This is part of an ongoing essay that will try to find a way through our current political crisis to a peaceful resolution. I don’t offer final answers, just suggestions, so please feel free to comment.
Does democracy work? It’s a fair question, though rarely addressed. In America we take it as an article of faith more than anything, that democracy is the best form of government there is (“except for all the others,” perhaps, attributed to Winston Churchill). But really, does it work? Can deep moral problems be resolved by a majority vote? Can a democratic leader govern a divided population?
When I say divided here, I do not mean in the manner of a disagreement over policy, funding, or even administrative competence. I mean a deep division over purpose and mission.
Can we have a simultaneously secular and religious state?
The answer that seems right to me is: not within a single institution. It will be one or the other, and the dream that the religious and secular people will reconcile if only a majority has decided the matter, can never be realized. What this means is you cannot have a mutually satisfactory union with one another. There must be a separation: of church and state, yes, but also of church state and free government.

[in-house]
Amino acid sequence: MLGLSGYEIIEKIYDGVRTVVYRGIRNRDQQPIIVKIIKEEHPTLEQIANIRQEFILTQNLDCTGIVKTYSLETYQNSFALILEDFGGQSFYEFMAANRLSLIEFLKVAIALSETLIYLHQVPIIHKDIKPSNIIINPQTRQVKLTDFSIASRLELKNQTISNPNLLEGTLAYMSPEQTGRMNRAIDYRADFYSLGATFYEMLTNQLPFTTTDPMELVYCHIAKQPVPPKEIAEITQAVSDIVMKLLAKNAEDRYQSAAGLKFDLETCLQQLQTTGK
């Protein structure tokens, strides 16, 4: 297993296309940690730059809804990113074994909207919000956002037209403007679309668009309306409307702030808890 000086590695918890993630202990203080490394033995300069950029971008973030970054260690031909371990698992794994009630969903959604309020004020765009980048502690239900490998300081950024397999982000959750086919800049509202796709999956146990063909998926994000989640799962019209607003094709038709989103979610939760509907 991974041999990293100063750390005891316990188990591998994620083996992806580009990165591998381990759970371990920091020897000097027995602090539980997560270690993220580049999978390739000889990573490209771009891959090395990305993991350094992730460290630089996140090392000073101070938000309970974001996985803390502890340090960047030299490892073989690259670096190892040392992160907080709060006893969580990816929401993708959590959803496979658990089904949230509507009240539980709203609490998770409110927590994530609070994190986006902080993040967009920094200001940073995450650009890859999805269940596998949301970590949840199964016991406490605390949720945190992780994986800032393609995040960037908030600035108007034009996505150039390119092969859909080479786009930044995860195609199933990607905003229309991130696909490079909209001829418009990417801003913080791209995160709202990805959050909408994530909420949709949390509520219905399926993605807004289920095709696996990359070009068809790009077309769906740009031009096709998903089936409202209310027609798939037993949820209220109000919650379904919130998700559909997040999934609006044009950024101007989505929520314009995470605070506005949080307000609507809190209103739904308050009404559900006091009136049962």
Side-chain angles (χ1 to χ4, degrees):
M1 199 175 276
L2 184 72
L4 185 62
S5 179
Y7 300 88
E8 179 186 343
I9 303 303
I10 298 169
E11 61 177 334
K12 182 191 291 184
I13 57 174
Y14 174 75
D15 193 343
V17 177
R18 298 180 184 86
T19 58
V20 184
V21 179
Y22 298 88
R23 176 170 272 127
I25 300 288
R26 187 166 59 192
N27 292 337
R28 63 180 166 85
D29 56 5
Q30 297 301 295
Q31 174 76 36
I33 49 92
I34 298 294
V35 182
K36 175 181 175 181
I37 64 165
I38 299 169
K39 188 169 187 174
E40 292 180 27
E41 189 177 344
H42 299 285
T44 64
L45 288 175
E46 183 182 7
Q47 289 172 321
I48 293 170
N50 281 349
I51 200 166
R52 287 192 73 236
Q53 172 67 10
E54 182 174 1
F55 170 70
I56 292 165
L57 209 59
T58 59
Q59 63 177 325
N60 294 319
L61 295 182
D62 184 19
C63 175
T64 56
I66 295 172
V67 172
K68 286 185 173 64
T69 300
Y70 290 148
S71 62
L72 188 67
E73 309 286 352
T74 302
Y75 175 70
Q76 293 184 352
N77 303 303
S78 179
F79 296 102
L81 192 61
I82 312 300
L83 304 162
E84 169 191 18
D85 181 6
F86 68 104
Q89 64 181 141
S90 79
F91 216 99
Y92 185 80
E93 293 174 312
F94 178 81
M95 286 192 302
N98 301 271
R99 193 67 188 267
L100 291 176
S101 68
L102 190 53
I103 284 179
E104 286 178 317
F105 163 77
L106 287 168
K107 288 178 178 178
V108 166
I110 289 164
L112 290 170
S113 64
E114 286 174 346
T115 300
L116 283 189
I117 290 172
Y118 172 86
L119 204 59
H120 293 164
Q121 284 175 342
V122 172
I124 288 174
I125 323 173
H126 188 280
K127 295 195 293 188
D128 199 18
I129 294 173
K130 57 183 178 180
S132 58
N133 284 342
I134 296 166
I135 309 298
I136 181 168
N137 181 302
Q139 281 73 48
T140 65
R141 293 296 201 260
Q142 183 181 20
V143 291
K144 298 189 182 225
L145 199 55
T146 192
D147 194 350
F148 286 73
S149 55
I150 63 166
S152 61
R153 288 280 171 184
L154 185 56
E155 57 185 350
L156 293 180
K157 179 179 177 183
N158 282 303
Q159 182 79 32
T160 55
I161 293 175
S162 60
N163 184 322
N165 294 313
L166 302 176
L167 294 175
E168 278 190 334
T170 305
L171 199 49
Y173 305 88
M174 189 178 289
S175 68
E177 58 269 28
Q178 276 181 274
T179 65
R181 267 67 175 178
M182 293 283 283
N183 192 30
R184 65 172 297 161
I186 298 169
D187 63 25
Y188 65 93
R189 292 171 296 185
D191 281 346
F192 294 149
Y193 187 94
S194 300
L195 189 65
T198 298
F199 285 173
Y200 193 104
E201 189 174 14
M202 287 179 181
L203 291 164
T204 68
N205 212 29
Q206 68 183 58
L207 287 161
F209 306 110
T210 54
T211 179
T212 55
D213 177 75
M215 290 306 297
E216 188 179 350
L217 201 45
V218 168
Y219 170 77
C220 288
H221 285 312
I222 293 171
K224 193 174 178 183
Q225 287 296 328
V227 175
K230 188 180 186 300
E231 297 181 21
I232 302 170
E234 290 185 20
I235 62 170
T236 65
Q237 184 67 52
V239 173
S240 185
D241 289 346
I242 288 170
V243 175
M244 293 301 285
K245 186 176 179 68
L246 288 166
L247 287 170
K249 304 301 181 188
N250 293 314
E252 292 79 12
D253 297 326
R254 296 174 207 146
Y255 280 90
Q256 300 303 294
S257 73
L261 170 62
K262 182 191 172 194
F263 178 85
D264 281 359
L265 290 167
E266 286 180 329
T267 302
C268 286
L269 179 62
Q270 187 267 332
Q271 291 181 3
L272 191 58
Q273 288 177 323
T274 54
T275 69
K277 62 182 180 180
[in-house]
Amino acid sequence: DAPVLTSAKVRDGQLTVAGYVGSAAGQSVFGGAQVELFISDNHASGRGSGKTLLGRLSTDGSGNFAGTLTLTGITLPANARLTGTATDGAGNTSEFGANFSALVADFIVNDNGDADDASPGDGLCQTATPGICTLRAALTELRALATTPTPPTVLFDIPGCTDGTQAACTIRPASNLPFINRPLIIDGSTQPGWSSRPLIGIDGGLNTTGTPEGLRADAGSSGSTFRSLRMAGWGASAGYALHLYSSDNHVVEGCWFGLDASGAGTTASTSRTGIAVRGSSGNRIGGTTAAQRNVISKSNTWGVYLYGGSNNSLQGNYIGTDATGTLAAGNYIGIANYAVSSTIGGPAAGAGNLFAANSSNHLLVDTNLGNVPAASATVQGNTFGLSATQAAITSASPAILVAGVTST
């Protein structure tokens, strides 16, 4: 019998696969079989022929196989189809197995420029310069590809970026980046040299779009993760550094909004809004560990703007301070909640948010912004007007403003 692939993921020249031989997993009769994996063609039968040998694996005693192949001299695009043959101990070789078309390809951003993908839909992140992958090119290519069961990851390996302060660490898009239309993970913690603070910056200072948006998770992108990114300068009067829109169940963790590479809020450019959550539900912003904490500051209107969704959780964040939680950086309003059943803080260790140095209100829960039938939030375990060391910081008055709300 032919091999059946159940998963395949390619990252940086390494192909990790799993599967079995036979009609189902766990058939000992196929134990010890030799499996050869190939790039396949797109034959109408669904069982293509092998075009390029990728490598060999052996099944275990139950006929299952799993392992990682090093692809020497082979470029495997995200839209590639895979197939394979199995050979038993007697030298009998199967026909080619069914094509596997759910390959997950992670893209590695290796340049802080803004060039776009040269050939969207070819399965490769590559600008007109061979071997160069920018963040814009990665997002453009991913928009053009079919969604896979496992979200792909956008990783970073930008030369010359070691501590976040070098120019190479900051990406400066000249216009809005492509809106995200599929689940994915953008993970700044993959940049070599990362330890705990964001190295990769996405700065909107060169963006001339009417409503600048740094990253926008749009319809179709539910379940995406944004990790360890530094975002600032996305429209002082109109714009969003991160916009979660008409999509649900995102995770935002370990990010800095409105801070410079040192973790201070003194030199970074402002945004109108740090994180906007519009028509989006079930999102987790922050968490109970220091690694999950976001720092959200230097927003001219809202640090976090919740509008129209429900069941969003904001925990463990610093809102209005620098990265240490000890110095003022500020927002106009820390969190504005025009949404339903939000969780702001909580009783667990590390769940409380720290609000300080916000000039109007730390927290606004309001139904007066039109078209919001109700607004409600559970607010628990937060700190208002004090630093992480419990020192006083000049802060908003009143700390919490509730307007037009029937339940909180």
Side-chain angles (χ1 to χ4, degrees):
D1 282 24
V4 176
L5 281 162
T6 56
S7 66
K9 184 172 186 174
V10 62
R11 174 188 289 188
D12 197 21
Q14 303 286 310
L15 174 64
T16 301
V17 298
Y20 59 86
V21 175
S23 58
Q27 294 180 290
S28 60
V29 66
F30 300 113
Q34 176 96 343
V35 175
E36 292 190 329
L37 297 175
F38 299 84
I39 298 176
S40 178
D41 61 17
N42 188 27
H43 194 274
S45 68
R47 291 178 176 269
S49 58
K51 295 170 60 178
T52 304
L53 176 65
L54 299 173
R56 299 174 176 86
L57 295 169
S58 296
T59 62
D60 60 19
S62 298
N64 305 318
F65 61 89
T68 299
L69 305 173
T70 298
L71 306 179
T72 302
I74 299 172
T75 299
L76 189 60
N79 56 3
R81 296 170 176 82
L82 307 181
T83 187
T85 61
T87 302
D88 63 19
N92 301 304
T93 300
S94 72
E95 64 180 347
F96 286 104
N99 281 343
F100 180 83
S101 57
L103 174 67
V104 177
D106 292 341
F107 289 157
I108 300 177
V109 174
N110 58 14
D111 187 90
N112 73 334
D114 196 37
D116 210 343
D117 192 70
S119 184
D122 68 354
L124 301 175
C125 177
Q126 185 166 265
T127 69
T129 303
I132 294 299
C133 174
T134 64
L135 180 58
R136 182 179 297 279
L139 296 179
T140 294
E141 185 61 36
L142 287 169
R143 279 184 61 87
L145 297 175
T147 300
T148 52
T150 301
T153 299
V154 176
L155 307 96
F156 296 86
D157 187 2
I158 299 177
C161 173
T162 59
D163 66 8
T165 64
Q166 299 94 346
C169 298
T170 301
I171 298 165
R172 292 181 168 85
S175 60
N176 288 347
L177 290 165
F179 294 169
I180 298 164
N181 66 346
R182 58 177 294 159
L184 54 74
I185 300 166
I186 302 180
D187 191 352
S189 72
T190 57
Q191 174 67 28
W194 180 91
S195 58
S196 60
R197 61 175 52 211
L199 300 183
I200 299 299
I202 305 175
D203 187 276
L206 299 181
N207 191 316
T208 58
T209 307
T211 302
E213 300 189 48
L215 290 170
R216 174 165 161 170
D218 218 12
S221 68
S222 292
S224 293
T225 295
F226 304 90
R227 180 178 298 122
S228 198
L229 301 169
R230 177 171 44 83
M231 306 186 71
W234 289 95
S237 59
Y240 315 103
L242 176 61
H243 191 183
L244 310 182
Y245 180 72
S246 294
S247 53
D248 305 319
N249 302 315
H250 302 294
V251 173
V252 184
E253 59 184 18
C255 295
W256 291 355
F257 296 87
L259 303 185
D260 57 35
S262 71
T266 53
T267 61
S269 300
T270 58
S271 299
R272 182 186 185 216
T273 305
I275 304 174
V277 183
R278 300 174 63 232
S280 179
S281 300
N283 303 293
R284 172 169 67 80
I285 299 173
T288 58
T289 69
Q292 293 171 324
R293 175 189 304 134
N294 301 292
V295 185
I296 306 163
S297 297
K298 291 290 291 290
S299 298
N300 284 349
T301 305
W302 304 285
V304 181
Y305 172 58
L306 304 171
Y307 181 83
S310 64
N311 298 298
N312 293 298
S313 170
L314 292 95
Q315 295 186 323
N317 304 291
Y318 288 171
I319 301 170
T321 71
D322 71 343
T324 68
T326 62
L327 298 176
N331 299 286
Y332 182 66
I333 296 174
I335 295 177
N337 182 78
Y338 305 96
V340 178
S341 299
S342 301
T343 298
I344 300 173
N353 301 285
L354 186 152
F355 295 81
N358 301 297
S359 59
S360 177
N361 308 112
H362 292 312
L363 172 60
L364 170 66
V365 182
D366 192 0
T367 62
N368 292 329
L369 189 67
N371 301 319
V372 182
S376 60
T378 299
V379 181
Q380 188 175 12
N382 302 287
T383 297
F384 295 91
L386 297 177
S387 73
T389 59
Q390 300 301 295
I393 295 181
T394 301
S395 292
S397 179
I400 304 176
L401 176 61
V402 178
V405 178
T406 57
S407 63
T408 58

Until this is realized, however, there will be an internecine war between the two parties. Each will try to win a majority of the vote, but if that is not obtainable, to destroy the vote, because to lose is unacceptable for either side if they are going to be forced to finance the other’s establishment and so pay for their own perceived subjugation.
What has happened is the Republicans, representing the pharisee religious state, went to war first.
Knowing they cannot hold a majority to rule, they have wrecked the vote.
Please read Brad Friedman for more.